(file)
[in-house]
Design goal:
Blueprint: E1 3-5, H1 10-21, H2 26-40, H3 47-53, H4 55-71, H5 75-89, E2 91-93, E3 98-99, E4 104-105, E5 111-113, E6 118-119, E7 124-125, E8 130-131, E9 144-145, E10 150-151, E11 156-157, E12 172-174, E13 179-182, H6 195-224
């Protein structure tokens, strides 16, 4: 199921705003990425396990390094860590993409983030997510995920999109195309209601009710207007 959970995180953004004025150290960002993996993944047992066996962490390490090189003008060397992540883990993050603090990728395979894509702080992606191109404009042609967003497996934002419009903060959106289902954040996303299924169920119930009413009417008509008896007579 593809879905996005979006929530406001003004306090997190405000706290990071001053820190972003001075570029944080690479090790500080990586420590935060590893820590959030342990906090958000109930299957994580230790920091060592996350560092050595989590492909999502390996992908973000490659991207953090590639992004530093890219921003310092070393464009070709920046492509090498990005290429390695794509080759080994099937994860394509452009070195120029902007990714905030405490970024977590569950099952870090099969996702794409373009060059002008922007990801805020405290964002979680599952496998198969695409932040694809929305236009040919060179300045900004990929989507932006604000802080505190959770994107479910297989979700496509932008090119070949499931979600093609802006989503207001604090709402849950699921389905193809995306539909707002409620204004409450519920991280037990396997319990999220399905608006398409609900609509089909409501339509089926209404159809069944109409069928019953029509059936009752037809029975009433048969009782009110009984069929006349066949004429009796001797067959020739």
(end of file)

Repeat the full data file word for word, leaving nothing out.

[in-house]
Design goal:
Blueprint: E1 3-5, H1 10-21, H2 26-40, H3 47-53, H4 55-71, H5 75-89, E2 91-93, E3 98-99, E4 104-105, E5 111-113, E6 118-119, E7 124-125, E8 130-131, E9 144-145, E10 150-151, E11 156-157, E12 172-174, E13 179-182, H6 195-224
């Protein structure tokens, strides 16, 4: 199921705003990425396990390094860590993409983030997510995920999109195309209601009710207007 959970995180953004004025150290960002993996993944047992066996962490390490090189003008060397992540883990993050603090990728395979894509702080992606191109404009042609967003497996934002419009903060959106289902954040996303299924169920119930009413009417008509008896007579 593809879905996005979006929530406001003004306090997190405000706290990071001053820190972003001075570029944080690479090790500080990586420590935060590893820590959030342990906090958000109930299957994580230790920091060592996350560092050595989590492909999502390996992908973000490659991207953090590639992004530093890219921003310092070393464009070709920046492509090498990005290429390695794509080759080994099937994860394509452009070195120029902007990714905030405490970024977590569950099952870090099969996702794409373009060059002008922007990801805020405290964002979680599952496998198969695409932040694809929305236009040919060179300045900004990929989507932006604000802080505190959770994107479910297989979700496509932008090119070949499931979600093609802006989503207001604090709402849950699921389905193809995306539909707002409620204004409450519920991280037990396997319990999220399905608006398409609900609509089909409501339509089926209404159809069944109409069928019953029509059936009752037809029975009433048969009782009110009984069929006349066949004429009796001797067959020739």